The thermometers for bisexuals were embedded in a longer series of feeling thermometers that were grouped by topic in the following order: (a) religious groups ("Protestants," "Catholics," "Jews"); (b) gay people ("men who are homosexual," "women who are lesbian or homosexual"); (c) "people who inject illegal drugs"; (d) "people with AIDS"; (e) racial, ethnic, and national groups ("Blacks," "Mexican Americans," "Puerto Ricans," "Whites," "Haitians"); (f) bisexuals ("bisexual men," "bisexual women"); and (g) groups defined by their stance on abortion rights ("people who call themselves pro-life and are opposed to abortion," "people who call themselves pro-choice and support abortion rights").
For the racial-ethnic thermometers, respondents rated their own group after they rated the other racial and ethnic groups. Within the gay, bisexual, and abortion thermometer groups, item order was randomized (e.g., one half of respondents rated "bisexual women" first and the remainder rated "bisexual men" first). Randomization was independent across groups (e.g., the order of thermometers in the gay series was unrelated to the order of the bisexual series). Responses to the bisexual thermometers did not vary by order of administration.
And then finally part of the results section of this study
"Mean thermometer scores for bisexual men and women were 43.4 and 45.8, respectively, and were strongly correlated, r (1273) = .90, p < .001. As shown in Table 1, feelings toward bisexuals were colder (less favorable) than toward any other group except injecting drug users." The sample's generally negative attitudes toward bisexuals were also evident in the number of respondents giving the lowest and highest possible ratings. Compared to most other groups, bisexual men and women received a rating of zero more often and a rating of 100 less often. Approximately 11% of respondents (n = 140) gave the lowest possible thermometer score for bisexual men, and 9% (n = 116) gave a zero rating for bisexual women. All but one of the respondents who gave a zero rating for bisexual women also gave a zero rating for bisexual men.
So... whatever "trendiness" is associated with being bisexual, as mentioned in several national news magazines over the previous decade, must not have translated into a positive perception on the part of the surveyed heterosexuals. Despite almost two decades of anthologies of coming out stories, surveys of bisexuality, bisexuality in popular culture, and academic works that are pretty good, the negative waves are still rolling into shore.
I think that the identity politics that lead to the marginalization of bisexuality from the gay community seem to have lessened as a point of discussion. I can understand the reasons, up to a point, for "queer political purity". Dilution of the lobby means less political capital. Bisexuals were "encouraged" to be counted with gays and lesbians. There was a conscious effort to include us in the names of organizations, if not necessarily in the community.
I can see where heterosexual angst about bisexuals may have spread. Being blamed for being the conduit of HIV infection from the "dirty" homosexual population to the "clean" straight population early on in the pandemic wasn't an unusual thing. With the stereotype of being sex-crazed, bisexuals made good boogeymen.
Maybe the overall concept of identity politics with respect to sexual orientation is fading. This might be due to the influence of postmodernism, or might be due to some sort of natural plateau that successful activists have achieved.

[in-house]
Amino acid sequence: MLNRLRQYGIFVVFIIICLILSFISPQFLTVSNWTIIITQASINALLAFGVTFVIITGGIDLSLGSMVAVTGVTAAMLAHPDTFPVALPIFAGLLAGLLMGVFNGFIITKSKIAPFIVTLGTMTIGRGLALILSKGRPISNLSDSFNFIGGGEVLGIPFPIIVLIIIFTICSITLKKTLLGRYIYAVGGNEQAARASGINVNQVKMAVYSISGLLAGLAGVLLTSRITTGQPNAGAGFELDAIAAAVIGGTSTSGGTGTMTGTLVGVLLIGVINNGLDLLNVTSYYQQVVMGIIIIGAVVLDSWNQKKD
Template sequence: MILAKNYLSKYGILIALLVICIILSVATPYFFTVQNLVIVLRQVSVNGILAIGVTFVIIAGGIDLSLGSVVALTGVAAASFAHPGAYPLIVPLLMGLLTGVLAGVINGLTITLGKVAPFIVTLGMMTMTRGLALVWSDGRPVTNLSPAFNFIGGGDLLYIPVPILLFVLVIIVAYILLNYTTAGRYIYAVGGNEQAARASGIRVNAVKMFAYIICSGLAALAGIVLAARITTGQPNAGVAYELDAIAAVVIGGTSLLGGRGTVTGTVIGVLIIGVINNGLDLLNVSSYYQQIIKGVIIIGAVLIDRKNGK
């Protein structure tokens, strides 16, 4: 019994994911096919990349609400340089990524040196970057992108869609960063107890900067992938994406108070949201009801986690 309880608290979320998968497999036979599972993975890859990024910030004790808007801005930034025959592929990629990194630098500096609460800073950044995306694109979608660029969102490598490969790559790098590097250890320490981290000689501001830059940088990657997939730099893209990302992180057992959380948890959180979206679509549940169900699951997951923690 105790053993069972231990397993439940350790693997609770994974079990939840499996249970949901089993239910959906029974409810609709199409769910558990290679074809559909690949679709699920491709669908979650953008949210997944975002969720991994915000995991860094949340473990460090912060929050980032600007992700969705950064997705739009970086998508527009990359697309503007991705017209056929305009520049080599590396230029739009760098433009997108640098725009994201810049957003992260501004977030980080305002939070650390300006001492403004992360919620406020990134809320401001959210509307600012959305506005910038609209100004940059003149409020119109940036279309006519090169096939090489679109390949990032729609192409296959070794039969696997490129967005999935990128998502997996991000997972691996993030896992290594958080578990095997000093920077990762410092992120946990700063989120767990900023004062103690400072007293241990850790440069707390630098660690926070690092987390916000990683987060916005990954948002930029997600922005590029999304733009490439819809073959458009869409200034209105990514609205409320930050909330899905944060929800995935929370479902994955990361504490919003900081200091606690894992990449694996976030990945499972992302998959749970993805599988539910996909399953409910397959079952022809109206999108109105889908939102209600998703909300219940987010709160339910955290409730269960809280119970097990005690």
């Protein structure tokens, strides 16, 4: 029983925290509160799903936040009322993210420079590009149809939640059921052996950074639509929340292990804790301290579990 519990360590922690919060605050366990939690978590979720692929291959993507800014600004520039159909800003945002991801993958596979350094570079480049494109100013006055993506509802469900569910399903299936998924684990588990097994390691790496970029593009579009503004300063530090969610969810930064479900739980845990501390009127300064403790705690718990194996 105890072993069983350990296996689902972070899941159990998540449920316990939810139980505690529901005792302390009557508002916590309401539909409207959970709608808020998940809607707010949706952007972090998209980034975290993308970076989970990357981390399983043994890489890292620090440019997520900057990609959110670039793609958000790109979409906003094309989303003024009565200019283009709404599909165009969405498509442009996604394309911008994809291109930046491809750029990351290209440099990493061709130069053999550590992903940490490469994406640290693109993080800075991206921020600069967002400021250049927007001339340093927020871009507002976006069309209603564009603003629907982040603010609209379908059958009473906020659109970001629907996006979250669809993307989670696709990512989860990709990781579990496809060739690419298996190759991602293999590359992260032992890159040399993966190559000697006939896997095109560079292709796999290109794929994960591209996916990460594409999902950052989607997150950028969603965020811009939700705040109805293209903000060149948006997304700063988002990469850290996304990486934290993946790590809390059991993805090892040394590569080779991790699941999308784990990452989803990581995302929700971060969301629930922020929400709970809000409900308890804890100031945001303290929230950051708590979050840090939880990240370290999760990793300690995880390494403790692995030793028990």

The more accepted and normal an identity (gay, straight, bi) is, then the less need for a separate community. The separation, agitation, and activist process eventually makes enough progress to where the people that take action feel that they've "changed" society enough to "rejoin" it. Or, at least, it's "good enough" for them. That doesn't mean that people coming after them, upon evaluating the same society, won't separate, agitate, and activate for further change.
Prejudice to tolerance to respect to full membership in the community is a very long process for certain groups. "Separate but equal" and "Don't ask, don't tell" and "you can keep your kids as long as you don't act in certain ways in front of them" are all stages in that process.
When the subject comes up, I am still told by some that I don't exist, that it's just a phase, or am immediately invited to swinger parties. With the exception of the assumption that I'm a swinger, the other two types of communication have certainly lessened through time.
This last issue - the "hot bi babe" phenomenon (regardless of the total lack of hotness that would be me) is the one thing that seems to be the most persistent. With the increasing awareness of polyamory, non-monogamy, acceptability of the discussion of adultery, swinging, and so on, this seems to be the natural course of many discussions about being bisexual.
The assumption that bisexuals are inherently non-monogamous seems to be a widely held one.
The assumption that bisexuals "have" to have partners of both genders to be "real" bisexuals is as silly as defining all virgins as having no sexual orientation at all until they have sex with someone.
The invisibility issue is quite intractable. Unless an effort it deliberately made, over the course of each friendship, relationship, acquaintanceship, or contact, to express your "identity", then people will simply assume according to whatever context they meet you in. Some people simply don't see their sexual orientation as a part of their identity in any way that requires them to "confess" it or make a point of it. It takes more effort to explain that you're bisexual if you appear to be heterosexual or homosexual by the relationship you're in. Many bisexual people prefer it this way. Not making waves lets you fit in. Fitting in has inherent social value. Why quibble over a silly label?
In the end, all of these issues and the seemingly successful progress, when reflected against the 2003 survey quoted above, seem to indicate that there is still a lot more work ahead for those that want to eliminate the negative stereotypes surrounding bisexuality.